Thursday, 19 July 2012

Oversupply, Collusion, or Petrodollars: What drives London's property market?

As a renter in London, I have a natural interest in the capital’s unusual property market. Rents in London seem decoupled from the rest of the country, 3 or 4 or 5 times as high, due to the demand created by London’s proximity to well-paid jobs. I don’t have much insight on which way the residential property market is going to go, but this fascinating article from Buttonwood at the Economist suggests UK house prices and rental rates are out of step and may be due for a correction.

One thing that has puzzled me is the resilient prices for commercial property. I haven’t found a good source of data on office rents but piecing together a few datapoints suggests rents have risen gradually and are apparently just 15% off their peak in 2008.

My insight on this comes from two simple observations. Firstly, there is a vast amount of vacant space in the City of London. Near my office in the Monument area there is a sparkling new development, The Walbrook Building, that has been vacant since it was completed in 2010. Streets near where I work and where I used to live in the East London area have a proliferation of empty space and ‘To Let’ signs.

Secondly, there is huge amount of new office space coming on to the market based on new completions. The Heron Tower in Bishopsgate, and St Botolph’s in Aldgate are ‘prime’ examples. The Shard, which opened this month in an impressive ceremony is the epitomy of this, with some reports suggesting barely any space in it is let. The Cheesegrater, the Pinnacle and the Walkie Talkie are all still under construction.

Sooner or later economics ought to catch up with this glut of new capacity and cause a crash in the commercial property market. One apt question, then, is why have prices remained resilient so far?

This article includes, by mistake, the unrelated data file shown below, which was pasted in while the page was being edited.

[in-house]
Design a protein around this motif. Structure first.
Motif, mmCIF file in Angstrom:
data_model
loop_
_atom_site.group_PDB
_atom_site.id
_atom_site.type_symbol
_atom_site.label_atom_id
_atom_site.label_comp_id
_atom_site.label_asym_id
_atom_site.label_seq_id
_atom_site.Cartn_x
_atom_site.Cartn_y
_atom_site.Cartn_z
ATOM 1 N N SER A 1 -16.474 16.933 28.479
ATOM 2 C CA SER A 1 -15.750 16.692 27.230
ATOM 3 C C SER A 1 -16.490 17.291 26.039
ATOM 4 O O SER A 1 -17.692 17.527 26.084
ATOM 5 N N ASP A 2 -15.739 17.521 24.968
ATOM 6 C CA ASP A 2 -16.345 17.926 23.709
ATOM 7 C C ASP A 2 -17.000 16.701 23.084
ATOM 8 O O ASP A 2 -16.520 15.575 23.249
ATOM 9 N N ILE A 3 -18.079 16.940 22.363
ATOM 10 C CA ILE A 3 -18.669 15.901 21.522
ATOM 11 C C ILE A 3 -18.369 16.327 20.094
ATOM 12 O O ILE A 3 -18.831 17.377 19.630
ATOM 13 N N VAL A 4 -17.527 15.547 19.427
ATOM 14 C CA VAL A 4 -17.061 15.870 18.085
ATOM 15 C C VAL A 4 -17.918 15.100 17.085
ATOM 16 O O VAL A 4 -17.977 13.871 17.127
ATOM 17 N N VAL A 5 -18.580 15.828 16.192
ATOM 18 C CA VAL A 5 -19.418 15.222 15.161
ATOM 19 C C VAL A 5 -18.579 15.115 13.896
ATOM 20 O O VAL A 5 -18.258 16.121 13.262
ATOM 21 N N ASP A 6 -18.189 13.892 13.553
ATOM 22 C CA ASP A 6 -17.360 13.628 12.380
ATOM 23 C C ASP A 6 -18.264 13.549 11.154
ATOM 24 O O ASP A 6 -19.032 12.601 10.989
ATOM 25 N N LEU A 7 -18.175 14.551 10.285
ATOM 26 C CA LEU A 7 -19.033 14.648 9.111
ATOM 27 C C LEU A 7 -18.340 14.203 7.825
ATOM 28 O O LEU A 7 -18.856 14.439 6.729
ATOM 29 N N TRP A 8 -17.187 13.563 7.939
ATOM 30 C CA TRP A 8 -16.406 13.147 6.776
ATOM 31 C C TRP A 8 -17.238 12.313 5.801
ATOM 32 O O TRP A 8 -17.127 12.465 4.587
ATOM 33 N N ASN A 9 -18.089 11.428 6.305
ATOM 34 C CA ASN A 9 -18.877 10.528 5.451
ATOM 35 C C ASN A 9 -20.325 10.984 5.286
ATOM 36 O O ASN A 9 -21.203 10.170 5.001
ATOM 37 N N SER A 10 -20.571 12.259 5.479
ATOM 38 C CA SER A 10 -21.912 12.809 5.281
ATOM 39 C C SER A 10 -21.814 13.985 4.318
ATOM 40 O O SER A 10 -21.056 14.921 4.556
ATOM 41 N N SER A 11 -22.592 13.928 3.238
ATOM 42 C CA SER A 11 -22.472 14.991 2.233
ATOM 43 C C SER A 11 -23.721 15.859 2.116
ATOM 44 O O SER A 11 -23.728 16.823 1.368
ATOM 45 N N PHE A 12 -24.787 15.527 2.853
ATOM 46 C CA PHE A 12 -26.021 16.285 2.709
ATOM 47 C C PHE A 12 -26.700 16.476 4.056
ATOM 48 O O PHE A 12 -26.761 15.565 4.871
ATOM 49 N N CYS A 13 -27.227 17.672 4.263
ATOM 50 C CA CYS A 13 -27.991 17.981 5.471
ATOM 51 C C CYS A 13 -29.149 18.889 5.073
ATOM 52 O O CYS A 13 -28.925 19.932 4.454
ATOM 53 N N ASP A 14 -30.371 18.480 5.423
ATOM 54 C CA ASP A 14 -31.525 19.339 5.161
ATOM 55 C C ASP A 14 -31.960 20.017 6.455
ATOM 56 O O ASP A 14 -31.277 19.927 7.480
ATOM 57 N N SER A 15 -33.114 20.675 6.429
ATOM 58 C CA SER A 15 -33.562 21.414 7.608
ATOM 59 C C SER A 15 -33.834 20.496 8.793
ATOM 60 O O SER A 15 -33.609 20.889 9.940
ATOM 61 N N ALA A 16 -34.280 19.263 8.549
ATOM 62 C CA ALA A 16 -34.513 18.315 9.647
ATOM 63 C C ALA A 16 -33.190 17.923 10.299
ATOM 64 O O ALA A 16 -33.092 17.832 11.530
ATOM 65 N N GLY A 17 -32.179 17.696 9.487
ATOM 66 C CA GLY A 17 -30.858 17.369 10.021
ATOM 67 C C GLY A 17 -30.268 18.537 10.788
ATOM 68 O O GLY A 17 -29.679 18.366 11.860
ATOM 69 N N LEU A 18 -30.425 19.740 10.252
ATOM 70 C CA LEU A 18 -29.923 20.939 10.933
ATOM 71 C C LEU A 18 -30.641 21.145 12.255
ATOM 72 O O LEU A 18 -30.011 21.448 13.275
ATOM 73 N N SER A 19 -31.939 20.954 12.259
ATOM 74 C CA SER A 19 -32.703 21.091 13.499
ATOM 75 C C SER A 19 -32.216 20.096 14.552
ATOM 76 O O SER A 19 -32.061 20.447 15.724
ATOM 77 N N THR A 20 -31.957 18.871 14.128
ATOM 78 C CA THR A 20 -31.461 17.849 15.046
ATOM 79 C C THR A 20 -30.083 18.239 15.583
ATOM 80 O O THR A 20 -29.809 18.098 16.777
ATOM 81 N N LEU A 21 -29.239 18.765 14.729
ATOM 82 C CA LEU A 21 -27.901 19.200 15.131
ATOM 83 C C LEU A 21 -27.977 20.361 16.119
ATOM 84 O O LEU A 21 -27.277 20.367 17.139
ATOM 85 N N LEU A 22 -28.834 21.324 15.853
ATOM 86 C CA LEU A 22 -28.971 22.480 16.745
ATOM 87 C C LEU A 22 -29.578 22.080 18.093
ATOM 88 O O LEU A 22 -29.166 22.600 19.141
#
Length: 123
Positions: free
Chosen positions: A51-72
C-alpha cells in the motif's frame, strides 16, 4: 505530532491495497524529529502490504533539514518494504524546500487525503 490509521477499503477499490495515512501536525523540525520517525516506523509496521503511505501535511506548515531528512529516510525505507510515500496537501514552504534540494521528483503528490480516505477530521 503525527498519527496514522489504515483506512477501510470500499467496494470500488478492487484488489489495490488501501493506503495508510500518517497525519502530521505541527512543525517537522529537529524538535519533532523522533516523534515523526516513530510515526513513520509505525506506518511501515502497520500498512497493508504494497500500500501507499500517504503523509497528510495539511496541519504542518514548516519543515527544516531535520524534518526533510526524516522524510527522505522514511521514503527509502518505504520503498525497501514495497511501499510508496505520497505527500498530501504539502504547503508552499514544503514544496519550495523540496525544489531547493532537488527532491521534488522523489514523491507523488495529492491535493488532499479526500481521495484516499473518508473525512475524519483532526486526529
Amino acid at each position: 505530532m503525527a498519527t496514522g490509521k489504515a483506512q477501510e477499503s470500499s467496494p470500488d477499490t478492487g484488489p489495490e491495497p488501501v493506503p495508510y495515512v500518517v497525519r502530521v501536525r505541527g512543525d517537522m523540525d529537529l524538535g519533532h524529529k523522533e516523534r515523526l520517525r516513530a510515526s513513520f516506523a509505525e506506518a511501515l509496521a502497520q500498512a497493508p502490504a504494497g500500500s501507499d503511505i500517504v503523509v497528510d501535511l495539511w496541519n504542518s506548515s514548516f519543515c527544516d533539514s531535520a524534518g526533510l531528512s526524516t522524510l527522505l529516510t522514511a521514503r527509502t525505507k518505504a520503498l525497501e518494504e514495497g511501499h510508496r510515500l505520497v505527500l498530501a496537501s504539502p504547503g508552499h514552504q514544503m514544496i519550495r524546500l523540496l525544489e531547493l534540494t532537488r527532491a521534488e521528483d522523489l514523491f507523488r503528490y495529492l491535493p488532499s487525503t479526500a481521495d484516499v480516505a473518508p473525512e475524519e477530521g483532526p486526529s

With respect to rents, I think this may be a case of weak competition. Most of the properties are owned and/or managed by a handful of developers (Land Securities, Canary Wharf Group, British Land) and property brokers (Knight Frank, CBRE, Cushman Wakefield, JLL, DJD). They each have such a large exposure to rental rates overall that they would rather let properties go vacant than let them at lower rates (the natural course of events in a competitive market).

With respect to capital prices, it is no secret that London property has become a magnet for foreign cash. Two of the highest profile developments (The Shard, Battersea Power Station) have backers from Qatar and Malaysia respectively (indeed, Qatar has also recently bought the Olympic Village, Credit Suisse HQ and Harrods.) These buyers are able make high bids for these assets because they have petrodollars which they need to recycle, on which they are willing to accept lower rates of return than other investors. It’s an interesting reversal of 20th century neocolonialism. While all this investment is superficially good for the UK economy, it has the effect of inflating property prices when arguably the economy would benefit from a correction. It also leaves prices vulnerable to capital flight, with the possibility of a full on crash (akin to the 1997 Asian Financial Crisis).

Having made all these bold predictions I shall eagerly wait and see how things play out. In the meantime, I shall not be investing in commercial property in London any time soon!